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Essay: Plato's Symposium: An Exploration of Virtue and Love

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  • Published: 1 February 2018*
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  • Words: 983 (approx)
  • Number of pages: 4 (approx)

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Paste your essay in here…Plato’s “Symposium” is centered around the occurrence and subsequent retelling of its namesake, a drinking party or convivial discussion, especially as held in ancient Greece after a banquet. The symposium is held in observance of Agathon's tragedy winning first prize at the Lenaean festival the day before. Having been drinking excessively the night before and all–except Socrates– hung over, Eryximachus recommends that they do not drink too much this evening in the best interest of their health. He also suggests that the group engage in conversation instead of drinking; sending away the flute-girl, who was to be their entertainment. Having been conversing with Phaedrus, who had mourned the knowledge that there were songs of praise to all the gods but Love, Eryximachus recommends that each person in attendance make the finest speech they can in praise of Love, on the nature of love.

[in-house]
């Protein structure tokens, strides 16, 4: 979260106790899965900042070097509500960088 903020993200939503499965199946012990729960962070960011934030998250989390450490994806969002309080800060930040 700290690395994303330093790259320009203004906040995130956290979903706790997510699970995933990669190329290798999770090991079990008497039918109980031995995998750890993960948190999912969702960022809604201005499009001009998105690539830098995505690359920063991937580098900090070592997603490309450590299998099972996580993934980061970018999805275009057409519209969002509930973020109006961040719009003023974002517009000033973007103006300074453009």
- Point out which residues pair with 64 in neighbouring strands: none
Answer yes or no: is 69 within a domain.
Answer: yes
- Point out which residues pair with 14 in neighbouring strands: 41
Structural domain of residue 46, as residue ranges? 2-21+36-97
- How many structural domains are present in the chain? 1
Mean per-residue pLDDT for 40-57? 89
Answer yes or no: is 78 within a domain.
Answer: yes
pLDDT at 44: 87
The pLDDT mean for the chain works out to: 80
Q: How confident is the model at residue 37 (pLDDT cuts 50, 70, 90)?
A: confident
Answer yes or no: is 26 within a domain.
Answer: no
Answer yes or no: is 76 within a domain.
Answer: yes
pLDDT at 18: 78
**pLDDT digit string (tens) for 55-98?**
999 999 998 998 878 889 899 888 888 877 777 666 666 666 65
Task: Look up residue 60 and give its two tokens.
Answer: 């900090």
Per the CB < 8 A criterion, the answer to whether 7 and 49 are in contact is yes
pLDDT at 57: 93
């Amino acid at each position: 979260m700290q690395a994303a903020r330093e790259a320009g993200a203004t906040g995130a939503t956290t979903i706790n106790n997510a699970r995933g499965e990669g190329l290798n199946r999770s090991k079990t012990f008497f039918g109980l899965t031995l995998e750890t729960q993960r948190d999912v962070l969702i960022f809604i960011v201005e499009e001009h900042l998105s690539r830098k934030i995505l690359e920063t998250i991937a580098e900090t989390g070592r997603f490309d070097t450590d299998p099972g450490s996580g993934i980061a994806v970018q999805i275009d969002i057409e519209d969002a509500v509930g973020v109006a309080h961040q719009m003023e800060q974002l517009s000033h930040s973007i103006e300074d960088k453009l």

The second speech of the evening, Pausanias’ speech contends that the main purpose of “love is to produce virtue, and love pursued for any other means is wrong, regardless of the consequence”. Subsequently, a dichotomy between virtuous love and unvirtuous love emerges in the division of  heavenly and earthly love, respectively. The earthly love is described to be rooted in physical desire–lust–while heavenly love is found in the mind–the pursuit of wisdom; the distinction between love of the body and love of the mind is dependent on a dichotomy of an individual’s physical body and soul.  The pursuit of wisdom is regarded as virtuous so the exchanging of wisdom is the source of heavenly or transcendent love. Earthly love, sexual desire, is “merely looking forward to the mere act of fruition and careless whether it be worthy or unworthy consummation”(Plato 535). The distinction between a “worthy and unworthy consummation” is placed on relations of man/boy and man/woman respectively. Found with a dichotomy of men and women as reasoned beings, it is asserted that women are not capable of understanding reason and solely contain a superficial logic, which is not suitable to the pursuit of wisdom.  The occurrence of heavenly love is dependent on both participants having the ability to obtain wisdom, the relationship between man/woman is associated with earthly love–love solely out of physical gratification. Subsequently “heavenly love springs from a goddess whose attributes have nothing female, but are altogether male” because the mentorship structured relations of man/boy is considered virtuous in that the pursuit and exchanging of wisdom is the bases of the relationship (Plato 535).